For the past few weeks, we’ve noticed sports giants Nike, Adidas and Under Armor waging a bit of battle for … not products … but talent.
By David Clucas, Tom Ryan and Jahla Seppanen
What is probably no surprise for any company in the active lifestyle industry — good employees are hard find. As baby boomers retire and the economy recovers, businesses are scrambling to attract the right people to foster sales growth (and stick around for the long haul). Like a booming housing market, sellers — in this case, prospective employees — are fielding multiple offers.
At the same time, while borrowing rates linger at historic lows, the industry is full of new start-ups and entrepreneurs attracting some of the best talent away from the big boys. While big salaries always talk, so does a sense of excitement of being on the cutting edge. Millennials crave environments where they have support (eg. the right tools, technology and staff) for the job along with the freedom to innovate and do good for their communities and the world, experts have told us. Tip for businesses: You can’t force or create innovation on command, rather it comes by fostering the right environment with the right people and end goals.
Which brings us back to Nike, Adidas and Under Armour, who seem to recognize the matter and are investing heavily in 2016 and beyond on employee recruitment and capital expenditures to support their teams.
Adidas North America last week, launched what it called the company’s “largest recruitment effort ever” at its Portland, OR base with plans to increase its team by 10 percent or 120 employees this year.
In a move likely targeted toward millennials, Adidas North America President Mark King posted a video inviting others to join the company.
“We want people who think differently, who want to break rules, who want to be disruptive, who want to find new ways to do things,” King said, sounding off on a lot of the notes mentioned above. “All of the talent isn’t at the top of the organization. The talent is company-wide. If you want to work here, you have to have big dreams. You have to believe that you can change, not only the trajectory of a company, but the trajectory of an industry. We’re looking for people with passion and excitement who want to make a difference not only at the company, but in the world.”
Adidas began stepping up its investments in the United States in 2014, including promoting King to president, after losing share to Nike and seeing Under Armour replace it as the No. 2 brand in the country. Adidas also acquired a 25,000-square-foot building adjacent to its North Portland campus in 2015 to support its growth.
Yes, it seems the three-stripe brand is back in the steady spotlight. And just last week the company created some social media buzz — perhaps coordinated with the above announcement — when it officially welcomed a trio of former Nike designers who left the swoosh brand last year.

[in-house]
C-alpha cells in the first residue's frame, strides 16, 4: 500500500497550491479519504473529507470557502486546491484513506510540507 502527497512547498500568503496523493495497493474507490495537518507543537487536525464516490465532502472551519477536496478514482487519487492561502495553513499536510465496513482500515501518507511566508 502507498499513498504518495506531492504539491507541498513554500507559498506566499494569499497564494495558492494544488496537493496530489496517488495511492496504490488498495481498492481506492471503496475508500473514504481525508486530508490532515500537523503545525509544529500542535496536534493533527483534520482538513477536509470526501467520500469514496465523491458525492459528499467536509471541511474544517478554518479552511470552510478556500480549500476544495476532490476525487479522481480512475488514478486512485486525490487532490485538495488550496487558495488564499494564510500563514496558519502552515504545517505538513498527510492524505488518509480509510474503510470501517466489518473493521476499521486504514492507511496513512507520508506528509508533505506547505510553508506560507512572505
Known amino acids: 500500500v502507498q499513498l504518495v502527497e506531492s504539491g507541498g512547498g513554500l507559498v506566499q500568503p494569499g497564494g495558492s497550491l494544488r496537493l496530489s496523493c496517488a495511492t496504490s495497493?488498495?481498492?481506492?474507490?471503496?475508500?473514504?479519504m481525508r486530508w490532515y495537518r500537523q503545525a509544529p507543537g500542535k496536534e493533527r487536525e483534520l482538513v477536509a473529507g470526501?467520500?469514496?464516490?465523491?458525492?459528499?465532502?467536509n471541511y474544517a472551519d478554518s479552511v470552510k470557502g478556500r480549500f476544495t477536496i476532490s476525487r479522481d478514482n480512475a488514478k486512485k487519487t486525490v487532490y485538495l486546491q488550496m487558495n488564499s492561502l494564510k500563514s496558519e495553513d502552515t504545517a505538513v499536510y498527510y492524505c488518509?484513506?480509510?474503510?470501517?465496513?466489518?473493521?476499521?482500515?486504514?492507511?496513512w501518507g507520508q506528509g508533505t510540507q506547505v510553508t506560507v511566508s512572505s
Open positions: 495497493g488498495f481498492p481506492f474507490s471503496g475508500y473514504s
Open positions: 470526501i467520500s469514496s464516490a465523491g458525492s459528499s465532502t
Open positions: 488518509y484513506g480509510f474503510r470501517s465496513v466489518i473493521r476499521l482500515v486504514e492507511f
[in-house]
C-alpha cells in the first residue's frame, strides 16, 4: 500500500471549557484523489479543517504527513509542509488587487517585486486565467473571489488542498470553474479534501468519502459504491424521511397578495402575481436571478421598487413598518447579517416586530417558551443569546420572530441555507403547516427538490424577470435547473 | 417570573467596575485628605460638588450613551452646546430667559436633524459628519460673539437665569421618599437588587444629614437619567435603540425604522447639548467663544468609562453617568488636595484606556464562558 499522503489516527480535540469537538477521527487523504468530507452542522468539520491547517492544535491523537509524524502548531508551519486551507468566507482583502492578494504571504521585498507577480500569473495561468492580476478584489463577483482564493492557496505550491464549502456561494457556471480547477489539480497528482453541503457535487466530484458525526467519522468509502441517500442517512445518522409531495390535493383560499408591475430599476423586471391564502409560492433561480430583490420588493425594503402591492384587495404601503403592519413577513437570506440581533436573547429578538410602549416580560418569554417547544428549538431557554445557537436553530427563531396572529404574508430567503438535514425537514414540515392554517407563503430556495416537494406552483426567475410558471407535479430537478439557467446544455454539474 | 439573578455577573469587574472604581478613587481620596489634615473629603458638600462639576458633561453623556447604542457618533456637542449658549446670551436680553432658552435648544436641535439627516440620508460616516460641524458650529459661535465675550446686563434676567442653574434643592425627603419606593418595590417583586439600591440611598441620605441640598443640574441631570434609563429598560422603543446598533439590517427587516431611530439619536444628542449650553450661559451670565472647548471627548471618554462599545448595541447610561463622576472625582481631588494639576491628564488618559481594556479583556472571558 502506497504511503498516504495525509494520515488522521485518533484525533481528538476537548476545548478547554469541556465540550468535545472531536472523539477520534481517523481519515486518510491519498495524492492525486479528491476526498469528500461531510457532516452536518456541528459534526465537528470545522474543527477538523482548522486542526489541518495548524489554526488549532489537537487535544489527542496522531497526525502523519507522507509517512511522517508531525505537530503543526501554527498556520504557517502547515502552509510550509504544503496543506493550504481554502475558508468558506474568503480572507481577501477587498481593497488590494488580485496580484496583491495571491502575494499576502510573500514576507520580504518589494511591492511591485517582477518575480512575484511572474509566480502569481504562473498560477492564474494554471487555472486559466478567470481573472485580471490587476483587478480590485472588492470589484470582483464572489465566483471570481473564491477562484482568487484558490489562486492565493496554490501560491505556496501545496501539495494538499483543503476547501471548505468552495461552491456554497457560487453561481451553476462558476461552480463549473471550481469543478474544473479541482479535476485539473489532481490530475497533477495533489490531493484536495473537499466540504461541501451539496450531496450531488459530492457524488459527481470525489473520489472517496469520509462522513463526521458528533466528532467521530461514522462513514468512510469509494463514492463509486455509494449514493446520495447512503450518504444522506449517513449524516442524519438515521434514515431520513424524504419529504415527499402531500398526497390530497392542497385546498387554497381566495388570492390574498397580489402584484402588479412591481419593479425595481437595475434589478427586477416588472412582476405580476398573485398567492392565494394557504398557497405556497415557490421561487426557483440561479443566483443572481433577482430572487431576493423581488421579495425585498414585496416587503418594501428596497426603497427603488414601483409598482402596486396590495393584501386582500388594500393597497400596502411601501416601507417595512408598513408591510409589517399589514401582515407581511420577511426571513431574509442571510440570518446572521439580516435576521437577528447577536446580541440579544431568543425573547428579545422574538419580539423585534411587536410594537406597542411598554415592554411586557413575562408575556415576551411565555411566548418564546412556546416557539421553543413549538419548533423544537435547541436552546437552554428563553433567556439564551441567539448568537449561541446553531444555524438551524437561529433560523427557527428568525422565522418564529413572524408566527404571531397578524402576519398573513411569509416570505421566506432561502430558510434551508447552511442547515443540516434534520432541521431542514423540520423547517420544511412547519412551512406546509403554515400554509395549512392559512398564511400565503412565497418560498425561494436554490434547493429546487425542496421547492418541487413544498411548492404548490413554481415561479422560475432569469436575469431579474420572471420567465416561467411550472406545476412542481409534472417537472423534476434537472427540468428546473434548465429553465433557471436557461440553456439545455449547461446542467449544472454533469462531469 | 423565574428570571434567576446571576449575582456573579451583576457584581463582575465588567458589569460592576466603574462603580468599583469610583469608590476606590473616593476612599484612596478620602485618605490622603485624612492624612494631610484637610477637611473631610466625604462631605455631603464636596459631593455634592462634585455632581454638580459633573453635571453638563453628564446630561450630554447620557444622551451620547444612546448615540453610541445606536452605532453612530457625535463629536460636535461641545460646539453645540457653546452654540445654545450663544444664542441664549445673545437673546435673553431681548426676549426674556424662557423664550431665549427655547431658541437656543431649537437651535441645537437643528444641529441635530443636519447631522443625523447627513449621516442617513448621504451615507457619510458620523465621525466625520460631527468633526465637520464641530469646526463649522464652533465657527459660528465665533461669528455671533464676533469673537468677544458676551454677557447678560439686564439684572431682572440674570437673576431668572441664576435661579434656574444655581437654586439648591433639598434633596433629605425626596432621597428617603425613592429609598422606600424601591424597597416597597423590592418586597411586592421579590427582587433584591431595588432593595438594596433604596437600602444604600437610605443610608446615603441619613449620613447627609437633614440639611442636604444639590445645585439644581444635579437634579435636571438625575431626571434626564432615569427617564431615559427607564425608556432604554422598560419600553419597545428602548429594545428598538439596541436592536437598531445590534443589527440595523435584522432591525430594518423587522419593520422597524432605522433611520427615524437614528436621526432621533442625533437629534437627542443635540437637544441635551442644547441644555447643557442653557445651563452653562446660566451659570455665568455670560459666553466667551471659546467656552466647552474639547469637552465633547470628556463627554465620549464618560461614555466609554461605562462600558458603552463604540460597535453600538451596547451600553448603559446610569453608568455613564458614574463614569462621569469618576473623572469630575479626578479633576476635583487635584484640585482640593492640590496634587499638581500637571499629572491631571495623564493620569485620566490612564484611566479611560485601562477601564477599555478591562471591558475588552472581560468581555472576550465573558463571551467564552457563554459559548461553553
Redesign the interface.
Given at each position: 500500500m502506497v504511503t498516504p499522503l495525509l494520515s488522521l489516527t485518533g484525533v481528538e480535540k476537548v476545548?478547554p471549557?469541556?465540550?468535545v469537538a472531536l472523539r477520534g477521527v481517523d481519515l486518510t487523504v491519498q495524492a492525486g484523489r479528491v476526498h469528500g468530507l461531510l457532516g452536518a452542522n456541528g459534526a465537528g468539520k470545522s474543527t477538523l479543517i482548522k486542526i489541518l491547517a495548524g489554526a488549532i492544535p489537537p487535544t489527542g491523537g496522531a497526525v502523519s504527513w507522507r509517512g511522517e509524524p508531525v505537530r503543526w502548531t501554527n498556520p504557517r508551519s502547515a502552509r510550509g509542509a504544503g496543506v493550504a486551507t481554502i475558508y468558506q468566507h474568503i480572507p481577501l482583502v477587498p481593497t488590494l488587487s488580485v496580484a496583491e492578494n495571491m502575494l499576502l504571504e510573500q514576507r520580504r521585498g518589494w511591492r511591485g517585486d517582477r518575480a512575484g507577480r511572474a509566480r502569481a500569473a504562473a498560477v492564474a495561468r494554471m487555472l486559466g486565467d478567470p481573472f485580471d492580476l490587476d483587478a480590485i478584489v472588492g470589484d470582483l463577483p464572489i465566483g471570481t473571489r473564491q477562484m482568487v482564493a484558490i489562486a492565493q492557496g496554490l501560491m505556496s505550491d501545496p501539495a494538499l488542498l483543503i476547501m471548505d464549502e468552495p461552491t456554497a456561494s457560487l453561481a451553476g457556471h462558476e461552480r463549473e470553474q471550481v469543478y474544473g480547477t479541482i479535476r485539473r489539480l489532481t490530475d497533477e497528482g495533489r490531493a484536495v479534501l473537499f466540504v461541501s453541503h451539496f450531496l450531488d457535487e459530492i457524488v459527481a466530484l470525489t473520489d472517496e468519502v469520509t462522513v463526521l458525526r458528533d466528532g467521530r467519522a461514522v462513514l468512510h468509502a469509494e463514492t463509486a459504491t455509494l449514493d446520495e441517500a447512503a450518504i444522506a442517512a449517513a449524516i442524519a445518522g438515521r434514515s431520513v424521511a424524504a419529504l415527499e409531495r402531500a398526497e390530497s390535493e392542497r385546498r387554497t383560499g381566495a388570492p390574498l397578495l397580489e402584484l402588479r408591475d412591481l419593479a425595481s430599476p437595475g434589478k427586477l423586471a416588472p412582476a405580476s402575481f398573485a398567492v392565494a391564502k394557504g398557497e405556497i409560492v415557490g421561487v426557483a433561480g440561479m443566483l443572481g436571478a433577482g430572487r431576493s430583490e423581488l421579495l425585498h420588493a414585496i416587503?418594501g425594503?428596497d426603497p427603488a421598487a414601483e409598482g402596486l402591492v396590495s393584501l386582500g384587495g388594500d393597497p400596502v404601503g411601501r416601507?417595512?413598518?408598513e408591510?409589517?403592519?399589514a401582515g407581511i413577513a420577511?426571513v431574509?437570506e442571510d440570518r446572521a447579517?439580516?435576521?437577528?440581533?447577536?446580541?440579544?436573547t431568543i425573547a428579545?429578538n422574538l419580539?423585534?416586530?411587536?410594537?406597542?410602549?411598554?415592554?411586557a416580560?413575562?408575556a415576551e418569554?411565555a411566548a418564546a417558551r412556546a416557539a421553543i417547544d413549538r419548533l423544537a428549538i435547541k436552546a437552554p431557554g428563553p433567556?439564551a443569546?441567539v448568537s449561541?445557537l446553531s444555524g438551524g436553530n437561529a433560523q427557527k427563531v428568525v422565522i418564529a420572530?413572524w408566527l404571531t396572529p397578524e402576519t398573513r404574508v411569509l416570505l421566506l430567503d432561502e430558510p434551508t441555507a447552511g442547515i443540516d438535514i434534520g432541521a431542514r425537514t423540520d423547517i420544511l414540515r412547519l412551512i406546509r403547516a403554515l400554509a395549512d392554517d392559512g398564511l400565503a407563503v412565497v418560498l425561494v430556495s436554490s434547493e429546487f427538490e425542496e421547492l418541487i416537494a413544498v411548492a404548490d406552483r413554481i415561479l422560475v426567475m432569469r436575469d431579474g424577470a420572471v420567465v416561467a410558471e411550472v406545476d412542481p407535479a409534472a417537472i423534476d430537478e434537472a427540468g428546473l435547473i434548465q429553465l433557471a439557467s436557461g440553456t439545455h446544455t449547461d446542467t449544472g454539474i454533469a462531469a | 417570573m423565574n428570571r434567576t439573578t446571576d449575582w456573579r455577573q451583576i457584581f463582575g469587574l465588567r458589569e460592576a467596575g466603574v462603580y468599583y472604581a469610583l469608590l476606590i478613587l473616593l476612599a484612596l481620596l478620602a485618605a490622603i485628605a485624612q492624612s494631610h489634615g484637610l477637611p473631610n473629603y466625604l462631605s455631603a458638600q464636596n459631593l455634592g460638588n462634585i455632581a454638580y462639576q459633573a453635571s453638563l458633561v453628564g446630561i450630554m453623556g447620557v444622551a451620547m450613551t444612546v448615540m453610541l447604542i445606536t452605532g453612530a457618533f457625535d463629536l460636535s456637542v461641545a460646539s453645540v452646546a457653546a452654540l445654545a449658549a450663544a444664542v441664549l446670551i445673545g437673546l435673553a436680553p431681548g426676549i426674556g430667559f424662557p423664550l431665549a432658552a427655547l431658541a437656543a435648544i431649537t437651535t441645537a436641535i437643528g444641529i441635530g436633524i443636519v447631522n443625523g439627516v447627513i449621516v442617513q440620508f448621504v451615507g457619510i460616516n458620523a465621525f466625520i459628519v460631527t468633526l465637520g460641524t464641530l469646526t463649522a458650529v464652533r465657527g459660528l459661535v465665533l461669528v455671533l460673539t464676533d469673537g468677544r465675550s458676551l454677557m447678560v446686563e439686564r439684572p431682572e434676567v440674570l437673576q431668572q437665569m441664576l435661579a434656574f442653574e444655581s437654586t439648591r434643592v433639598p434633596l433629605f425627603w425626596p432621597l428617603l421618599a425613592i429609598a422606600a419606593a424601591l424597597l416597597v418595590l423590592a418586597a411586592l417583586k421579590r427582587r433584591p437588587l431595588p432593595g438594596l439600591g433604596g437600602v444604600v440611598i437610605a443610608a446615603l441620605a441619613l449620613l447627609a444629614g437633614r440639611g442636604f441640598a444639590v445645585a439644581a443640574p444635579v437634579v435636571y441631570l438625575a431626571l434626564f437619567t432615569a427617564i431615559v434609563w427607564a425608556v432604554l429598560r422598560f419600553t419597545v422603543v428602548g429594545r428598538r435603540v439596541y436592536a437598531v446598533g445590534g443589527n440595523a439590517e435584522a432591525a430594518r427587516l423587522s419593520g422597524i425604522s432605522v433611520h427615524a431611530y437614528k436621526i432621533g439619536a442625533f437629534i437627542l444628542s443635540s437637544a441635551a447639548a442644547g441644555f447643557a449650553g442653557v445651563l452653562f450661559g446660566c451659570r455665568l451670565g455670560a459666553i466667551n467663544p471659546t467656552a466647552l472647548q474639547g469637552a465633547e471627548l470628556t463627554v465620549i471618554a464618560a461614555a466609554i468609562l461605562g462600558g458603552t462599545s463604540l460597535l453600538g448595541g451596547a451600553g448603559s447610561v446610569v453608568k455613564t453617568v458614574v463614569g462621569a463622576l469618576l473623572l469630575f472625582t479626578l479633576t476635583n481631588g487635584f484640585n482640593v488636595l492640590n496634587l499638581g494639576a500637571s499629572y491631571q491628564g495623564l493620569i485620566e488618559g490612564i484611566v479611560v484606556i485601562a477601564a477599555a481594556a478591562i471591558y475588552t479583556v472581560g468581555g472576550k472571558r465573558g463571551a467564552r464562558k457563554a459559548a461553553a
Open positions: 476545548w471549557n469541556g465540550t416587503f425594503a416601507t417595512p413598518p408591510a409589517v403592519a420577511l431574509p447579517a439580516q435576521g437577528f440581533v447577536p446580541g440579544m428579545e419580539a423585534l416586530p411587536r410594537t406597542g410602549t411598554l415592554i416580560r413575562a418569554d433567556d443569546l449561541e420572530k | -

One of the three, now Adidas VP and Creative Director Marc Dolce, posted a photo the trio’s Adidas ID badges on his twitter page (@marcdolce). In the photo, Dolce’s badge is laid alongside Denis Dekovic’s and Mark Miner’s with the accompanying tweet, “We are inspired, honored and excited to be a part of the amazing @adidas family. Let’s dream without limits…”
Not to be outdone, Nike last week unveiled the design for the expansion of its world headquarters in Beaverton, OR. The expansion — with a targeted 2018 completion date — adds approximately 3.2 million-square-feet of office, mixed-use and parking facilities to campus.
“Every day at Nike we dream up new ways to inspire athletes to expand their potential,” said Nike President and CEO Mark Parker. “To do that, we relentlessly evolve how we inspire our own teams and design environments that foster chemistry and collaboration. Our expanding world headquarters reflects the best of Nike’s culture — a place where we obsess the athlete and invent future products and experiences for consumers everywhere.”
Again, we hear a lot of those previously-mentioned support and culture themes targeted toward millennials. And in the expansion renderings, we spot more than a few young families milling around Nike’s new digs — perhaps a subliminal message of support for the next generation of families.
Additionally, the building designs aim for LEED Platinum Certification, officials said. Some of the sustainable aspects include natural daylighting, passive chilled beams — a radiant convection system designed to heat or cool large buildings — and a closed-looped grey water treatment center.
Nike, too, recently celebrated an employee coup d’état with one of its rivals, hiring away Dave Dombrow, Under Armour’s now former SVP of design, footwear and accessories. Joining Under Armour in 2010, Dombrow was integral to many of Under Armour’s recent successful launches, including Stephen Curry’s first and second signature shoes, as well as leading the Charge RC, Spine and Speedform running platforms. Dombrow is expected to sit out for a full year due to his non-compete clause and begin design work at Nike in 2017. Dombrow previously worked for Nike from 2000-2003.
While we haven’t seen any blockbuster recruiting announcements from Under Armour … yet, we suspect the brand is still riding high off its recent successes in the market. Plus, Under Armour CEO Kevin Plank plans to give the commencement speech for the University Maryland graduation on May 18. Perhaps he can work in an Under Armour job recruitment pitch or two.